Cobey is working on a project about Stonewall Jackson’s Valley Campaign. The goal of this trip was to see and learn as much about the campaign as possible. Well, for me to learn since Cobey already knew a lot about the campaign. We spend about two and half days on this project. We were based out of Winchester at a friends house. I would say you would need at least this much time. We were rushed and didn’t get to everything and plan a returned trip.

Prtitchard House

11947592_10206265273845458_5292582860261259085_nThe first stop was at Kernstown Battlefield where Jackson’s only defeat took place.   I would give yourself at least two hours. There is a small museum, a house and a battlefield walk. The staff and volunteers were very helpful and friendly.  Claire and a friend did a scavenger hunt which I highly recommend for elementary age children. The Pritchard House was built in 1854 and was there during the battle.  You can find a walking tour in the museum and the way winds throughout the battlefield.    The battlefield is only open on weekends so be sure to check times.

Rose Hill Farm

Jackson Headquarter in WinchesterWe had a wonderful visit to Stonewall Headquarters in Winchester. I highly recommend this museum. The costumed guide was very knowledgeable and informative. They have many original items in the house and items used by Jackson.  The only disappointment is there are no photos allowed in the house. We also went by and saw the plaque for the Winchester Battle and the Rose Hill Farm. The farm is where part of the battle of Kernstown took place.

Prospect Hill Cemetry
Warren County, VA Courthouse

After lunch, Cobey and I headed to Front Royal. We purchased a driving tour at the visitor center. I had my laptop in the car which was nice because Cobey could look at the photos and listen in between stops. The tour includes a DVD and a book. It is very well done. There was only one stop, the last one that we could not find the marker. The rest were easy to find if you followed directions and the information was great.  It says it takes around three hours.  We listened to stories in between stops so it took us about half the time that it suggested.  The stops included the one above of Prospect Hill which has a memorial to the Confederates. There is a confederate from every state buried here. The picture to the left is where town square was and urban warfare took place in this area.

 

The next day we had a full day as we headed South.  Our first stop was at the Harrisonburg Visitor Center where we watched a short film and got some information. The next stop was the Heritage Museum in Dayton. There is a presentation of the Jackson Campaign with an electronic map which is quiet good and a great overview.  This is a small but good historical museum. I wish we had more time to spend in the exhibits but we had a full day planned.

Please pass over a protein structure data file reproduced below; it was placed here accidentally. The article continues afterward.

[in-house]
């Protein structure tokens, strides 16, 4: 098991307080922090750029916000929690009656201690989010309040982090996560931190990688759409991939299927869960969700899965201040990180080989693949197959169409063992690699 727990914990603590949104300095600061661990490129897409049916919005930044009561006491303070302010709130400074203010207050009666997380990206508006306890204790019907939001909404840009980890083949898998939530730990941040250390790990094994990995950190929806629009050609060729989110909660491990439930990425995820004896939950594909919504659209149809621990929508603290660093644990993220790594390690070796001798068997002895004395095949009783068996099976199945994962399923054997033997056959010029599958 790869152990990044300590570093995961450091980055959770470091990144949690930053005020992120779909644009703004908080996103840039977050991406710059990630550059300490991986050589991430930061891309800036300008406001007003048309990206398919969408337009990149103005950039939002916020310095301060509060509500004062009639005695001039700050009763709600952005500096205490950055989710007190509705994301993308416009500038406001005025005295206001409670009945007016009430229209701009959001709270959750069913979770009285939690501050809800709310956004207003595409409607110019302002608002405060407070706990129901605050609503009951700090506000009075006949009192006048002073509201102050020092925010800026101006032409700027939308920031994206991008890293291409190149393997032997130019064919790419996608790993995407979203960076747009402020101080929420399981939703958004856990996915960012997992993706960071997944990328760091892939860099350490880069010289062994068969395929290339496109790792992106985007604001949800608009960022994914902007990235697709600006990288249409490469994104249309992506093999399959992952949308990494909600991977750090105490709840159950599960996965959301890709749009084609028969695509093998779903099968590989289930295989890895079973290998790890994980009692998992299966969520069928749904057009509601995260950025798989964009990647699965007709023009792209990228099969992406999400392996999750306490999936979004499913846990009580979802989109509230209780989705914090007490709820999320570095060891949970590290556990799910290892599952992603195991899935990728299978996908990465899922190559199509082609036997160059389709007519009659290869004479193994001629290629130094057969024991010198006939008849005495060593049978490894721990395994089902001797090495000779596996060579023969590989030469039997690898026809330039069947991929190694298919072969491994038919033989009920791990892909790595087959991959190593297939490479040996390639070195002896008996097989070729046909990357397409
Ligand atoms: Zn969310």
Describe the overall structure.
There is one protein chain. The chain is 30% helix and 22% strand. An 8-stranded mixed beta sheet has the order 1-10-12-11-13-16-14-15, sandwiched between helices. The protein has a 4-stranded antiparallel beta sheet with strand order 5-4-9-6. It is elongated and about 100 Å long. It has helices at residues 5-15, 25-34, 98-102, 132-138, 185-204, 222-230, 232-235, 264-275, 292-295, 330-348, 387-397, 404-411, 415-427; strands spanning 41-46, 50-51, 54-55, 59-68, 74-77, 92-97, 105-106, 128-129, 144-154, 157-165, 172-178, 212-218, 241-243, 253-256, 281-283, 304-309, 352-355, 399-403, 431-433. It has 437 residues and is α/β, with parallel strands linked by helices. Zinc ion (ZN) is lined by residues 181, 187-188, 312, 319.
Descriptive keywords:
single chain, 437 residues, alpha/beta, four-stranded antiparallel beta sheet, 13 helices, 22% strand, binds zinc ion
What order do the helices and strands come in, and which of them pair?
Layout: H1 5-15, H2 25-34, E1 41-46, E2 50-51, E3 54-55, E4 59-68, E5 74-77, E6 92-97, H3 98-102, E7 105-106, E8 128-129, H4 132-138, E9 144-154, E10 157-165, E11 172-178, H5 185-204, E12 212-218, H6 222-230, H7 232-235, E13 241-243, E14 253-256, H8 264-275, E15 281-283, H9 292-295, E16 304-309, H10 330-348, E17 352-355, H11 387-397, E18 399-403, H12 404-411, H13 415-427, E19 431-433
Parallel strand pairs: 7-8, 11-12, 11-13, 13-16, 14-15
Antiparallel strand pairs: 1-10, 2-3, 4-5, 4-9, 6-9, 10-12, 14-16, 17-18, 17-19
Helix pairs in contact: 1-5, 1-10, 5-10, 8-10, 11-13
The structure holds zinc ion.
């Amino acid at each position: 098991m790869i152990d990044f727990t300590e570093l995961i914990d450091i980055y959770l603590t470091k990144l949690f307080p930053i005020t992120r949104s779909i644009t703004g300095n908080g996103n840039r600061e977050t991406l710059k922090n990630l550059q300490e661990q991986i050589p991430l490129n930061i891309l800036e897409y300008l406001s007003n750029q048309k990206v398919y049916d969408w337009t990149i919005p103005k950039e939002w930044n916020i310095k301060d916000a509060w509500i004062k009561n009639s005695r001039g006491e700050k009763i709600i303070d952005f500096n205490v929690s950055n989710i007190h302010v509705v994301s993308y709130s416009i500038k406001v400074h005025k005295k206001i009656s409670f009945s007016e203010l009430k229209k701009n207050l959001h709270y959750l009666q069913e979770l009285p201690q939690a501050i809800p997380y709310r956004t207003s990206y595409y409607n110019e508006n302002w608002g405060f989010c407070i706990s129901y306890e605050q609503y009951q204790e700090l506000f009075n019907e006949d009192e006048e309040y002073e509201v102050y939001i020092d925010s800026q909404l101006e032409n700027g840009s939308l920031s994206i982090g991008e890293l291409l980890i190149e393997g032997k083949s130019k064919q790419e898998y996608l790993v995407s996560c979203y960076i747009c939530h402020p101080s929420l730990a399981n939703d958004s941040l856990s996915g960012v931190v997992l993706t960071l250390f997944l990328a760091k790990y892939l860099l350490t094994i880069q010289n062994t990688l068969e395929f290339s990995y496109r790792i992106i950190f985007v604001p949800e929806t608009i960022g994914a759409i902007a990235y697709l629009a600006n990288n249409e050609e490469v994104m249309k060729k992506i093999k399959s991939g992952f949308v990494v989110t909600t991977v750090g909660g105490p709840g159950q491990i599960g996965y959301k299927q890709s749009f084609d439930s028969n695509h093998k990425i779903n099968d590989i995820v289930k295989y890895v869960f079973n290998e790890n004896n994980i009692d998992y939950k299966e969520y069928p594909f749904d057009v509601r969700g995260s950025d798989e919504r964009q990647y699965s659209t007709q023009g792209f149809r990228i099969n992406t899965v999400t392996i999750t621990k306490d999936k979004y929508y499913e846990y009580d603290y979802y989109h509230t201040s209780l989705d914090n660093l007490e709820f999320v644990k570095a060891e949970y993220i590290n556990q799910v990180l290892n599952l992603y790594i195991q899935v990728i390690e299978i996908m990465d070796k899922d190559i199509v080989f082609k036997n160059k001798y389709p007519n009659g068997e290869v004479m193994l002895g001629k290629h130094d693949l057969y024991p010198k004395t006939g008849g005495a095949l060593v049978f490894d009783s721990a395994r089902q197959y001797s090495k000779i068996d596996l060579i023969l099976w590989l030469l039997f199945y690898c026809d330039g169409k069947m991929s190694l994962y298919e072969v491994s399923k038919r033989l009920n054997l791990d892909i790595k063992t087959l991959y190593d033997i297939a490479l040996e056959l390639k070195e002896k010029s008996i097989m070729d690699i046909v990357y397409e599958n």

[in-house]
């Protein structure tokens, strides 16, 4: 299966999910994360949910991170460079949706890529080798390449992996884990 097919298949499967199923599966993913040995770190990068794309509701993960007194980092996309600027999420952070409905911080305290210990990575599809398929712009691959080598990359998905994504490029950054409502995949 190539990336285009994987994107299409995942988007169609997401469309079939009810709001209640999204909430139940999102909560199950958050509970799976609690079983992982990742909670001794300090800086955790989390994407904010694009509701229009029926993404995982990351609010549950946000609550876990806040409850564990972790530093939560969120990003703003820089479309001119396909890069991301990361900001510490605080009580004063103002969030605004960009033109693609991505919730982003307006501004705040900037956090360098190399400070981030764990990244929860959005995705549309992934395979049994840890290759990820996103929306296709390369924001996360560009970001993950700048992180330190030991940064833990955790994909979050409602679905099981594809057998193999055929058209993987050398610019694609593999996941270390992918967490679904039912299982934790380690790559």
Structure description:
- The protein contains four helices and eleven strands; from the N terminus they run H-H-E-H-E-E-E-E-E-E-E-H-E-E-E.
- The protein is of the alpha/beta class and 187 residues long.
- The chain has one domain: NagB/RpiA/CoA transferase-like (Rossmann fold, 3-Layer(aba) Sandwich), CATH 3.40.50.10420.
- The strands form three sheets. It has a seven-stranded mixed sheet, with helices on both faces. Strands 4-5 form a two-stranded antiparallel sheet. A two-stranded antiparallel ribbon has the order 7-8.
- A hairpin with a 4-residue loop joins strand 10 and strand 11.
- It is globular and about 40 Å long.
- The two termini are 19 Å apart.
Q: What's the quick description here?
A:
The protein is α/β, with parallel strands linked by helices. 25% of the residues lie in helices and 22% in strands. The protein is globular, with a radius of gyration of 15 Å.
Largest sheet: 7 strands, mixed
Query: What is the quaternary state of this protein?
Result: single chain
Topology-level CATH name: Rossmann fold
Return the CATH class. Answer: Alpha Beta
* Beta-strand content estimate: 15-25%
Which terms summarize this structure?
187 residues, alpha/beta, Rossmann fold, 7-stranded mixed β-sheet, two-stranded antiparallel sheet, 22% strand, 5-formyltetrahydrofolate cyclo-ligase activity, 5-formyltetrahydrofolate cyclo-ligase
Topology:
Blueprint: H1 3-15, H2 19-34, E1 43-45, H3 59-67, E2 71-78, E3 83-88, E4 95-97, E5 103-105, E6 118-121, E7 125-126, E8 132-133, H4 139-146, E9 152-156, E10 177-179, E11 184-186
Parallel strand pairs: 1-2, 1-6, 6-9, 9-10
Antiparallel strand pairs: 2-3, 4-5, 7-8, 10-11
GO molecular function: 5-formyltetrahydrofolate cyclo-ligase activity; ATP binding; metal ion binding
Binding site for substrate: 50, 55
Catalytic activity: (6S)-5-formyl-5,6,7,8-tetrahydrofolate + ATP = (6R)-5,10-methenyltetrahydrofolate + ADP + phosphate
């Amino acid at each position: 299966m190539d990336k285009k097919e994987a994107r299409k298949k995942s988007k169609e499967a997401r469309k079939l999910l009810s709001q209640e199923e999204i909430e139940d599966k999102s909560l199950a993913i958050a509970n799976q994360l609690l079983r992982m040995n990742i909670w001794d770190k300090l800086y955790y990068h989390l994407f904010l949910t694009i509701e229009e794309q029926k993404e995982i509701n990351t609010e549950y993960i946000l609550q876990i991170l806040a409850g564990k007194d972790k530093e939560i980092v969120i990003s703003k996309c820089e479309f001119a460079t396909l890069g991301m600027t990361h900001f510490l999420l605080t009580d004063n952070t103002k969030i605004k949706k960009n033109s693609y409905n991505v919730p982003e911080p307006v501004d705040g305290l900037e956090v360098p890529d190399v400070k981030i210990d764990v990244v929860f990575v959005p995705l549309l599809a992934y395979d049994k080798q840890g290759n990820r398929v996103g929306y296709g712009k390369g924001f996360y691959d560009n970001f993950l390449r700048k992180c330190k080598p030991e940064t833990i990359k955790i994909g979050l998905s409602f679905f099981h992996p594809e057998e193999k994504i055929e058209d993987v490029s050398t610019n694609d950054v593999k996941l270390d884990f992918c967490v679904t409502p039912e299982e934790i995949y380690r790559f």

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We then attempted to find the civil war markers throughout the area for the Battle of Cross Keys and Battle of Port Republic. Some were hard to find even with address and GPS. There was one on private property that said you had to have permission to see. After the driving tour at Front Royal, this was disappointing and frustrating but we did find a few makers. We did find the memorial where General Turner Ashby died. He was the general over Jackson’s cavalry.  We then ran out of town because we had an appointment at 3pm in McDowell.

 

The Highland County Museum at The Manson

Inside the Highland County Museum

 

The road to McDowell not only was a VERY curvy mountain road , it had road construction.  At the Highland County Museum, we saw a film on the Battle of McDowell. We also visited the exhibits and got some helpful tips of other things to visit in the area. The museum is housed in the mansion house where I loved the painting they found under the wallpaper. The walls were painted to look like wood. It was quiet interesting. (although nothing to do with Jackson Campaign) We then made stops at the house down the street that was Jackson’s Headquarters for two weeks and a church down the street which was hospital. We attempted to hike the mile up the mountain to find the battle markers but the trail was not marked and we found one but don’t think we found the one at the top.

 

 

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Maymount and the Confederate White House

Posted by Carmen Ledford on Wednesday Feb 27, 2013 Under Civil War Sites, Claire, Cobey, Homeschool, Kid's Corner, Travel, Uncategorized

MaymountWe took a one day trip to Richmond to go to Maymount. I had never heard of it but found it when I was searching for possible trips for the time period we are studying in history. The house was the home of James and Sallie Dooley and was built in the early 1890s. We had a guided tour of the mansion that was very interesting. We learned about the life of the servants and the Dooley’s in the house. The house is beautifully furnished and most of the furnishings were the Dooley’s.